Somen rhymes with gomen.
On this very hot day (yesterday really), I would like to apologize for disappearing from the blogosphere by offering up Japanese somen noodles. They are cold, require very little time and almost zero effort—ordering drive thru is tougher.
For those unfamiliar with Japanese food, somen is a great gateway drug.
The most popular way to eat the thin, wheat based noodles is to dip them into a cold, savory soup. This is the first Japanese food I learned to cook and eat, and I still make it all the time.
Gomen, I was a negligent blogger, but I hope these noodles will make amends.
1 noodle bunch
¼ cup somen soup base
¼ cup water
1 green onion (chopped)
Boil noodles according to instructions on package.
Drain noodles, rinsing under cold water until all noodles are cold.
If you want really cold noodles, toss a few ice cubes into the bowl.
Mix somen soup base and water in a small bowel. (Each diner should have their own soup bowl)
Season your soup—some like to use wasabi or ginger, but I keep it simple with green onion.
Grab a bunch of noodles with your chopsticks and dump them in the soup
Fish some noodles from the bowl and eat. Be sure to slurp. Slurping shows appreciation to the chef.
*Somen and soup base can be found in the Japanese section of Asian food stores and in some supermarkets.
The world is getting smaller. You can now tweet 10,000 people what you ate for breakfast. But the world of electronic closeness seemed far away as Zack and I hiked through the remote villages of Ecuador’s Quilotoa Loop.
I’m talking: grazing cows, dirt roads, and long stretches of empty land. Cell phones didn’t work. Small flocks of sheep ate grass unattended by the side of the road. After miles of passing through farms and pine groves we came to a little town that consisted of: a school, a church, two farms and a few smaller dwellings. Imagine my surprise when I heard the tinny, staccato intro of that 1995 rap favorite, Gangsta’s Paradise by Coolio.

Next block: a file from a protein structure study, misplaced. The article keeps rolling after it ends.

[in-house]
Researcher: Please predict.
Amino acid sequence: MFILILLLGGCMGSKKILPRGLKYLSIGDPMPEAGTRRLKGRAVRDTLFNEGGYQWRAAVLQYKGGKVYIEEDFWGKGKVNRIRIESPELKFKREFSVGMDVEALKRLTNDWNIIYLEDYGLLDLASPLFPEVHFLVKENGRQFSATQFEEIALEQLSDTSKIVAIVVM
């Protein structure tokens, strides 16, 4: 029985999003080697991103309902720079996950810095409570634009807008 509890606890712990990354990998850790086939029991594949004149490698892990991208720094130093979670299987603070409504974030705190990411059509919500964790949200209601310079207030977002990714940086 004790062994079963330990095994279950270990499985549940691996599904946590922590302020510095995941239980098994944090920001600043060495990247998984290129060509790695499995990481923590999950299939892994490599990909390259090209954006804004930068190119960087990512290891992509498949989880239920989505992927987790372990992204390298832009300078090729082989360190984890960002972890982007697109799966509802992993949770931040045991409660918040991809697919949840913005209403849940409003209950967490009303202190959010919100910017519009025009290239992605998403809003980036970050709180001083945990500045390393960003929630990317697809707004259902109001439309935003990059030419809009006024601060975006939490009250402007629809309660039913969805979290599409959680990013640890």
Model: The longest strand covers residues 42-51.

I’d be lying if I said I didn’t get down and dance like I was at the club. This was an opportunity for cultural exchange that I was not going to miss out on. I let my inhibitions go as five or six town townsfolk looked on. They were hoeing in the garden and I was dancing to Coolio. After a few beats they looked away from my spectacle and went back to work.
Check out the scene I stepped into.
Thanks to Zack for the camera work!
***I didn’t get into the true digital, digital get down until I was off camera***
So it seems globalization is alive and well even in the remote villages of Ecuador.
Italian, Chinese and Bagels were listed under the restaurant section of my Ecuador guide book.
That pissed me off.
But then I realized that the authors might be hinting at something.
It hurts me to say that Ecuadorian food was bad, but it’s the truth. Oily and rough around the edges, the food was bland and unappealing.
Meat was a big feature, but it was often difficult to identify. Maybe that’s a good thing.
This was a good breakfast of chicken soup and eggs, and it cost about $3.50, but soon after I became violently ill for 2 days. On the plus side, I lost 4 pounds! (Disclosure: getting sick is all part of the experience and it won’t stop me from eating local food.)
A walk in the park got me these two beauties from a couple of vendors. The first tastes better than it looks and the second looks better than it tastes.
Crunchy, roasted corn and white beans topped with tomato sauce and fish chunks may sound weird, but it didn’t taste so bad. The plantain chips made it seem kind of like nachos.
People were swarming this dessert cart when we showed up. I think this stuff is whipped sweetened condensed milk; it tasted like fake whipped cream. They did, however, let you pick your own toppings.
To be fair, there were some good things like my friend Rodolfo’s cebiche; I’ll be sharing that recipe with you later.
Breads and cakes from the omnipresent bakeries were fresh and tasty, and fruit and veg. were always available in the market.
Fresh, blended juices were very popular-- like this one in the on-the-go plastic bag.
I even had a gourmet dinner when we stayed at a $28 a night hacienda. It was chicken and leek stew with puff pastry and an apple crumble cake for dessert. Very good. Check out the hacienda kitchen.
I’m sorry if you’re disappointed about the food; I was too. Luckily this trip was about a lot more than eating. Keep checking in and I’ll fill you in on the rest. What do Ecuadorians eat